After Boston Scientific retired its entire line of Lotus Edge replacement heart valves late last year amid a flurry of issues with its delivery system, Abbott has stepped up to fill in the gap in the transcatheter aortic valve replacement market.
Abbott’s Navitor TAVR system has received a CE mark, making it available in Europe to those with severe aortic stenosis and a high or extreme risk of complications from surgery.
TAVR systems offer a less risky, minimally invasive alternative to open-heart surgery to treat aortic stenosis, where the aortic valve narrows and restricts blood flow out of the left ventricle to the aorta, weakening the heart muscle over time as it’s forced to work harder.
In the procedure, an artificial valve is placed inside the aorta using a catheter threaded through the leg or chest. Once placed, the replacement valve acts as a sort of stent inside the existing valve, widening it to improve blood flow throughout the body.
The self-expanding Navitor artificial valve is designed to integrate more closely into the native valve to facilitate blood flow and maintain access to the nearby coronary arteries, in case future operations are required to treat coronary artery disease. It also includes the NaviSeal fabric cuff, which the company says stops blood from leaking out of cracks around the artificial valve’s frame, a common complication of TAVR procedures.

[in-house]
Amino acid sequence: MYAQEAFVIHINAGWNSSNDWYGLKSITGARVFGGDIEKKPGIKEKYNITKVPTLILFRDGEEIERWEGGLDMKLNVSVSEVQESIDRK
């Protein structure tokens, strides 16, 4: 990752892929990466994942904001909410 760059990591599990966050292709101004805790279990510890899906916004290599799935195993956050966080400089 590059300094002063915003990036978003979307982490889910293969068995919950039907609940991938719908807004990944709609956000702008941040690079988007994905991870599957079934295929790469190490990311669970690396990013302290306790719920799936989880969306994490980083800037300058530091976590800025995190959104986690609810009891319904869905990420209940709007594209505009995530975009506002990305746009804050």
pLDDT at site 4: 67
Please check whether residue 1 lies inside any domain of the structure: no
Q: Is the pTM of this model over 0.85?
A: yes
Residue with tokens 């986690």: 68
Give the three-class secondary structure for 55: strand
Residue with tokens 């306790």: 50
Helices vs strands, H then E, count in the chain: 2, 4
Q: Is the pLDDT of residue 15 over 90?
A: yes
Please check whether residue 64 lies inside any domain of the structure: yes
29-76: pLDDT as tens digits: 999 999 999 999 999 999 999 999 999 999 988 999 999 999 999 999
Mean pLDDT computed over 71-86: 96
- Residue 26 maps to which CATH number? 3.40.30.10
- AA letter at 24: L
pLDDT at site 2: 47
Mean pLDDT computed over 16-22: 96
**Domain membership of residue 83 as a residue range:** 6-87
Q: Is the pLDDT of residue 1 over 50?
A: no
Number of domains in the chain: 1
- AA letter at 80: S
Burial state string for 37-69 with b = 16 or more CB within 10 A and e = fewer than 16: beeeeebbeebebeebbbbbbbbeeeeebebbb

The Navitor valve is implanted using Abbott’s FlexNav device, which received its own CE mark last year. The catheter is designed to improve on the flexibility and stability of other TAVR delivery devices, can be used in patients with aorta diameters as small as 5 millimeters.
In the U.S., the Navitor system and FlexNav delivery device are only available for investigative use. TAVR devices from Medtronic and Edwards Lifesciences have already been cleared by the FDA, as had the Lotus Edge system before it was discontinued by Boston Scientific in November.
And while Abbott’s TAVR system received European approval only for high and extreme risk cases, the FDA in 2019 expanded its indications for the procedure to include patients with a low risk of complications from open-heart surgery, such as younger and more active individuals.